theramblingfool wrote:I get it. Attending law school is expensive. Incredibly expensive. But if you're facing the decision of matriculating or waiting another cycle for a better LSAT and more aid at a T14 school (especially the top half of T14), I don't see how this is a no-brainer.

If your plan is to just go into biglaw post-grad, it looks like $160k is a reasonable income to expect. After taxes, that's probably arond $120k. Currently, I am a software engineer, and after taxes I make around $40k. That's a fair income to use for this comparison.

So if I decide to wait a cycle to apply, that is one less year, potentially, for me to work in biglaw, so -$120k. One additional year at my current job would be +$40k. So the difference in aid offered after waiting would have to be around $80k just to break even.

Help me out. Is my logic flawed here?

The exit option if big law doesn't happen. 160k isn't guaranteed, maybe half gets it, if that. If you only have 20k in debt when you strikeout in Fall of 2L then you're not sunk in the water. If you're 100k in debt, you are. Additionally, the life span of a big law attorney isn't 40 years. Those 160-220k days may be few in number so you want to make the most out of them.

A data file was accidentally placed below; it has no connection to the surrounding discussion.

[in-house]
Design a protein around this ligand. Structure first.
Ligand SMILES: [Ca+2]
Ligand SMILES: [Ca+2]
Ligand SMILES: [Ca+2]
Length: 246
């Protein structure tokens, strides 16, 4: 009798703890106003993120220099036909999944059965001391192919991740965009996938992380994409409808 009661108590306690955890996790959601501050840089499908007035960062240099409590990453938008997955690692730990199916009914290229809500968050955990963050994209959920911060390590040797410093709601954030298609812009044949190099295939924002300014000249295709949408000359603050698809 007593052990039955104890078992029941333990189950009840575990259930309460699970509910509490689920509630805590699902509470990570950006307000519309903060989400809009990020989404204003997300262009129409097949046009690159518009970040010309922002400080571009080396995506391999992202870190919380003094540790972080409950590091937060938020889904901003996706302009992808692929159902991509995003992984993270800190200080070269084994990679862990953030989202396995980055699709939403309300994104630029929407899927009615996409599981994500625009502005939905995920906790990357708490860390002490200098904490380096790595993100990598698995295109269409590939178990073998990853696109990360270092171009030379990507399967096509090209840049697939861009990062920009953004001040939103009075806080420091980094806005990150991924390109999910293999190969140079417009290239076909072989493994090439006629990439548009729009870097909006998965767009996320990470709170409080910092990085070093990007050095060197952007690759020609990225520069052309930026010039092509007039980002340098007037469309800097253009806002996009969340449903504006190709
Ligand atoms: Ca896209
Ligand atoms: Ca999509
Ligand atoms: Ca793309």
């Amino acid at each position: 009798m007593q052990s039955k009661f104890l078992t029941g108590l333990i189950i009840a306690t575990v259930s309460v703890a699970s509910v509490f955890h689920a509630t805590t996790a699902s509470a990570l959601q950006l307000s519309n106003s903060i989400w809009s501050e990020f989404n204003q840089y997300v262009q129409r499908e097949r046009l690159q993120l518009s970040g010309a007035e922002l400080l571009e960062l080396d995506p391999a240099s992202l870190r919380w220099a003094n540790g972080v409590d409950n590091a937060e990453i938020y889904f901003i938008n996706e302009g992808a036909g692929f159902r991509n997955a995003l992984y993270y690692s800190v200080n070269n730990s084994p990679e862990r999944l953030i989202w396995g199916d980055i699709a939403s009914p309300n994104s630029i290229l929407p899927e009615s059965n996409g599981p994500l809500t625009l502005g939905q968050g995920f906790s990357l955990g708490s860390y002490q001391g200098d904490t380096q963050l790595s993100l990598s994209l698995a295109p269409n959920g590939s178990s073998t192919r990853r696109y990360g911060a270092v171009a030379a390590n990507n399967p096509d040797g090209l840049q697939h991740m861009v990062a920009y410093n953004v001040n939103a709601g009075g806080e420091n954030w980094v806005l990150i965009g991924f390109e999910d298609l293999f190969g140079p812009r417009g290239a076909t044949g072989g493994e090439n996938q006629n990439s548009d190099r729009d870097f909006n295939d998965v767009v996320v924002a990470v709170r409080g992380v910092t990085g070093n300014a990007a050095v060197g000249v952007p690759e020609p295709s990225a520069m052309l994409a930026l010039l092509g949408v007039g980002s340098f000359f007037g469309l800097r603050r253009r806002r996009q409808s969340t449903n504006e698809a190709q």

Statistically, if you go early and crack the top 20% then your logic is right. If you're median or worse (about 75% of the class) then it's wrong.


Essentially, then, most of the mid to lower t14 students that aren't set on doing PI are taking a 50/50 chance at the salary that's going to pay off their large debts? Most aren't getting large scholarships, so even going to the mid to lower t14 on low to moderate scholarships doesn't make much sense to me either.


Isn't it really easy to get a PSLF-eligible job? Not a *legal* PSLF/LRAP eligible job, obviously, but some sort of non-profit job shouldn't be insanely difficult. That's 10 years of living without a lot of money, but you're only paying IBR rates, so it would at least be livable.

rad lulz
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Re: Challenging TLS common wisdom to "wait a cycle" for more aid

Postby rad lulz » Tue Jan 14, 2014 12:28 pm

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Ramius
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Re: Challenging TLS common wisdom to "wait a cycle" for more aid

Postby Ramius » Tue Jan 14, 2014 12:30 pm

You need to check a lot of the LRAPs at the various schools, cause most require it to be a full time legal job. Check out twenty's guide to T14 LRAP for better explanations on this, but it's not as easy as it might seem.

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midwest17
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Re: Challenging TLS common wisdom to "wait a cycle" for more aid